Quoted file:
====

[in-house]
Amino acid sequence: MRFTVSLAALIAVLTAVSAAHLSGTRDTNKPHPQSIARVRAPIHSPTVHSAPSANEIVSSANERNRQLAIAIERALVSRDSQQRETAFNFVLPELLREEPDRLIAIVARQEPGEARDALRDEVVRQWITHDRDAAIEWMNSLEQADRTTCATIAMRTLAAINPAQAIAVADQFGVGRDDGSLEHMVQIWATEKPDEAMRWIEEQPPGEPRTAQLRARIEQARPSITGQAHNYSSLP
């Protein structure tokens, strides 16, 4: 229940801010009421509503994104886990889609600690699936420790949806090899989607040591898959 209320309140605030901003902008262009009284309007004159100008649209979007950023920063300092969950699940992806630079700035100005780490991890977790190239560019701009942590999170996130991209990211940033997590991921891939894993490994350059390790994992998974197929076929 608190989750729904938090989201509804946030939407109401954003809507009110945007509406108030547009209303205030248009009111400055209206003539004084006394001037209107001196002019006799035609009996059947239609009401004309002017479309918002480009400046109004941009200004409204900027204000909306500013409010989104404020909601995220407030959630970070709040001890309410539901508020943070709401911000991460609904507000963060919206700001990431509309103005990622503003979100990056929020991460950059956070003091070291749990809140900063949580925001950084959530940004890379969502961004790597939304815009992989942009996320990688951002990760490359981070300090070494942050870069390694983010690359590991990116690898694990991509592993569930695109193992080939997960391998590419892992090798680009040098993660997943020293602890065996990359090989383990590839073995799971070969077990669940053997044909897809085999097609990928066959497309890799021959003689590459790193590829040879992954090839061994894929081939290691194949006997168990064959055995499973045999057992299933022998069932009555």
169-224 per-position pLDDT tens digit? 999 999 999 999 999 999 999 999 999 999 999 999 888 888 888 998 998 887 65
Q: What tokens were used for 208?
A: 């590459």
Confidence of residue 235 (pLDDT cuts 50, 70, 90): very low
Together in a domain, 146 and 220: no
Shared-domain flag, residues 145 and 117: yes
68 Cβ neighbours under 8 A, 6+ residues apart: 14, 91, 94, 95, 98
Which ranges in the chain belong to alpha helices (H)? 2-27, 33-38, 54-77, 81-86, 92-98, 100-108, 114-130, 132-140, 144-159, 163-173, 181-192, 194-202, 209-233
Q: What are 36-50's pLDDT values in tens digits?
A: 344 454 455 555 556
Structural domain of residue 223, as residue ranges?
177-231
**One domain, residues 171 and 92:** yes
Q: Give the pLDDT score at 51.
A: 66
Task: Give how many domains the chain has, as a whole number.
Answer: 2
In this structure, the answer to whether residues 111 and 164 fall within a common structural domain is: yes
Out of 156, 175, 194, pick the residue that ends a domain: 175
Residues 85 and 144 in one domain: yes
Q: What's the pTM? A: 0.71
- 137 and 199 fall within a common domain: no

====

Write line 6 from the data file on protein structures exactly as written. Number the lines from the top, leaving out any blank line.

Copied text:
A: 């590459």